With Lenny DiNardo on the disabled list and David Wells suffering a painful blow to his surgically repaired knee, what are the chances that we'll see Jon Lester or Craig Hansen before the All-Star break?
-- Lisa F., Martinsburg, West Virginia
The chances are very good. In fact, it wouldn't surprise me a bit to see Lester make the start in the second game of the doubleheader on June 10 against the Rangers. It would be his normal turn in the rotation. If Wells stays on the DL much longer, you might also see Hansen at some point. I know that fans are very intrigued by both of these young pitchers, and I don't blame them. We are talking about two electric arms here.
Just out of curiosity, while Wells is on the DL, why don't the Sox put Jonathan Papelbon in the rotation? I love the fantastic job he is doing as the closer, but I thought our long-term goal for him was to be a starter? And hypothetically speaking, if the Sox do insert him into the rotation, would they bring Hansen up to get more experience?
-- James H., Weymouth, Mass.
That would be a case of robbing Peter to pay Paul. Papelbon is probably the best closer in baseball right now. There's no way you could take him out of that role unless you had someone comparable to put in there. I know your e-mail was sent before Mike Timlin went on the disabled list, but it's still hard to find a scenario at this point where the Red Sox would be a better team with Papelbon in the rotation.
Before the season started, many around the Red Sox camp were saying that Hansen would make a push for the closer's role during the season. Now, with Papelbon firmly entrenched in that role, and Wells hurting and Clement struggling, do you think we will see Hansen get a shot at starting?
-- Evan S., Milwaukee
My sense is that the Red Sox are going to take a few more weeks and gauge just how Hansen can be most beneficial to the team. If they continue to get inconsistent performances from the middle relief crew, perhaps Hansen will join the bullpen. If they keep having problems in the 4-5 slots of the rotation, Hansen could be more useful as a starter. They are under no rush to make the decision. But when the time is right, you will see this man getting key outs for the Red Sox.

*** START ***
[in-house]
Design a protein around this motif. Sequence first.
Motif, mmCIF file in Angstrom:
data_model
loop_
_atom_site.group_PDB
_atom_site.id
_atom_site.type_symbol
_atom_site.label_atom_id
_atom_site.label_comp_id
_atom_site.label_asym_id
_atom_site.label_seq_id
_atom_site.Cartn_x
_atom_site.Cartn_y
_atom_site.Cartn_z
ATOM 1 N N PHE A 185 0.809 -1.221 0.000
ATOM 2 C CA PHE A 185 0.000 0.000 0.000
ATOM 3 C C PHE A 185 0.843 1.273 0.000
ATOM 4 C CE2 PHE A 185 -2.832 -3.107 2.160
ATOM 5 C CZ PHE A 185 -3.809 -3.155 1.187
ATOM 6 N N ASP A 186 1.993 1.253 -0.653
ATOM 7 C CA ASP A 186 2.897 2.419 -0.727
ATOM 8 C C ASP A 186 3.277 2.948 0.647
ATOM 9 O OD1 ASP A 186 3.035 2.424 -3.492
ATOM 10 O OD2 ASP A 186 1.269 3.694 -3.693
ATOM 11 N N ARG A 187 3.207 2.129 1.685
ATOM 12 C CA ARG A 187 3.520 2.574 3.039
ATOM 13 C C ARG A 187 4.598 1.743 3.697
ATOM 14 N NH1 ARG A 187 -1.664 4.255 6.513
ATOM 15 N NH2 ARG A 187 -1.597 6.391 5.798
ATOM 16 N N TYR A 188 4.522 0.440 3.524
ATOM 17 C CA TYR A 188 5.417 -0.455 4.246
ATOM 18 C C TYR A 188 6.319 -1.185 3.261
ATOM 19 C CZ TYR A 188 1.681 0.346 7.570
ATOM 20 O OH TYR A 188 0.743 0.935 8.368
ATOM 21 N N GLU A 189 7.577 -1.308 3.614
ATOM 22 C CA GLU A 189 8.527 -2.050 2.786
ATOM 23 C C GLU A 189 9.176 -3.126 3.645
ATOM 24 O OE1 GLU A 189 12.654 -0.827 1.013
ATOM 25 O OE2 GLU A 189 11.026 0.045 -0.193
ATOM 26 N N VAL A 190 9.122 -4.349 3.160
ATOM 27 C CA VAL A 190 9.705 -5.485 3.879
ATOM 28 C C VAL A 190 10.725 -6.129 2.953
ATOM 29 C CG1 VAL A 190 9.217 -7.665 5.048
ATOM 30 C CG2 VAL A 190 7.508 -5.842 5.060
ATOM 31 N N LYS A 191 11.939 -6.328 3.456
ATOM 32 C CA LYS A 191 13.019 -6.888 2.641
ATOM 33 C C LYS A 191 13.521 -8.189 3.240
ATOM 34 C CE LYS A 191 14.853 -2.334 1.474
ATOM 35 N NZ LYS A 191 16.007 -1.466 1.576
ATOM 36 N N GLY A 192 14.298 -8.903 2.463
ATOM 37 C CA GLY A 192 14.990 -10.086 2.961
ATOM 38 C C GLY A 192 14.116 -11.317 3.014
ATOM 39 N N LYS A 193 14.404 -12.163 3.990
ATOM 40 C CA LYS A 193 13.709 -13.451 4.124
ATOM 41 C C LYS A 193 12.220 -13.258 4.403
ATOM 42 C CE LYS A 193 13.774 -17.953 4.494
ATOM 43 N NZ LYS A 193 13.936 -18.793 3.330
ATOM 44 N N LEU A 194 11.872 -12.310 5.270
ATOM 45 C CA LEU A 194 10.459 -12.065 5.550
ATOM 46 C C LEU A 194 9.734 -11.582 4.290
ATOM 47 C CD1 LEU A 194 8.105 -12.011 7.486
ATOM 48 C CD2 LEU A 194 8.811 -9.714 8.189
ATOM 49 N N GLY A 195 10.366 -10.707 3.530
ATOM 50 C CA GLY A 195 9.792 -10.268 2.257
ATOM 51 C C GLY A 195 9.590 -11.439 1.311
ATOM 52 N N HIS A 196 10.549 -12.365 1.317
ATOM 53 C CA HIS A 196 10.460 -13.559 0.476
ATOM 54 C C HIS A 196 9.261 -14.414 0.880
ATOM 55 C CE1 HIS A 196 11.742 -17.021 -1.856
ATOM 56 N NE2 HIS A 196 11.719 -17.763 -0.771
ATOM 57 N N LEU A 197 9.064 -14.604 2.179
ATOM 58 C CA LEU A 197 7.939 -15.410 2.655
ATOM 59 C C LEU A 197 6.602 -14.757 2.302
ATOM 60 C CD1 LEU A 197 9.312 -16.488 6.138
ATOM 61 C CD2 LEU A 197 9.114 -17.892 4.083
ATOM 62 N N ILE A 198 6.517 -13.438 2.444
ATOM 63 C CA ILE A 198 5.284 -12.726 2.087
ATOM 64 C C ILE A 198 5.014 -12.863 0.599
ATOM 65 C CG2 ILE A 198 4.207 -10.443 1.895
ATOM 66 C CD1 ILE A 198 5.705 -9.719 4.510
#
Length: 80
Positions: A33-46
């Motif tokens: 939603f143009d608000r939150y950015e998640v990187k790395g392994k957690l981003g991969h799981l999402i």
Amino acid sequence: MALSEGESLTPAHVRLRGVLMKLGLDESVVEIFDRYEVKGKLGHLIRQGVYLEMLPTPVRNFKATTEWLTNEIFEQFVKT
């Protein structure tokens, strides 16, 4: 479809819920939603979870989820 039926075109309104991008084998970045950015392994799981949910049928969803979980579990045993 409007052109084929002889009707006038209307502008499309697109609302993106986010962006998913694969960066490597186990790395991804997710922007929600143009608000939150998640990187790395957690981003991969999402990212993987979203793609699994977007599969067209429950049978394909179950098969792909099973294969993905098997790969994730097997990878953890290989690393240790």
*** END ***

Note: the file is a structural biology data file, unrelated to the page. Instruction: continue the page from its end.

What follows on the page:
Why during the stretch of injuries to the Sox outfield, have we never heard Adam Stern's name as an option? I'm not saying that would be the best path to take, but I'm just surprised it never came up.
-- Dann T., Los Angeles
The Red Sox were very sincere when they said that the best thing for Adam Stern's development is for him to play every day at the Triple-A level. Just because Wily Mo Pena is injured, they aren't going to make a knee-jerk reaction and change their mind on that. Stern remains a work in progress. This year is pivotal for his development, so the Red Sox don't want to mess with that.
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I've noticed that Mike Lowell is still toward the bottom of the lineup. With him hitting so well and Jason Varitek off to a slow start, has there been any talk about putting Lowell higher up in the order?
-- Travis G., Rowley, Mass.
I don't see that there would be much of a cause and effect if they made that move. Having Lowell's productive bat in the lower third of the order has been extremely beneficial to this point, so I don't see why you would alter that.
Is there any hope of the Red Sox making a move to get Dontrelle Willis from the Marlins this year?
-- Tom F., Canton, Mass.
Just look at the time Theo Epstein has been the general manager, beginning with 2003. It's hard to remember any time that a major pitcher was on the market and Epstein didn't at least explore the possibility of bringing him to Boston. As always, Epstein will weigh the long- and short-term benefits to making such a deal and, if the balance is right, I'm sure he would do all he could to bring Willis on board. At this point, it's not even a certainty that the D-Train will go on the market.
Why not deal J.T. Snow to the Angels for Scot Shields or Kelvim Escobar?
-- Geraldo S., Puerto Rico
Mainly because it's generally not regarded as good baseball business to deal live arms for an aging first baseman. Snow is a true professional, but he is also nearing the end of his career and he is, at best, a platoon player at this stage of the game.
On the All-Star voting, why can't people vote for pitchers?
-- Patrick D., Greenfield, Mass.
That is an outstanding question. I'm surprised that debate hasn't been raised more. One thing is that I know it's harder to line up the pitchers for the actual All-Star Game because you have to plan things out based on their recent usage, etc. I think that at least the starting pitcher could be voted on by the fans. If the starting team is the choice of the fans, then why not the starting pitcher? Great point. Maybe you will see that some day.
Ian Browne is a reporter for MLB.com. This story was not subject to the approval of Major League Baseball or its clubs.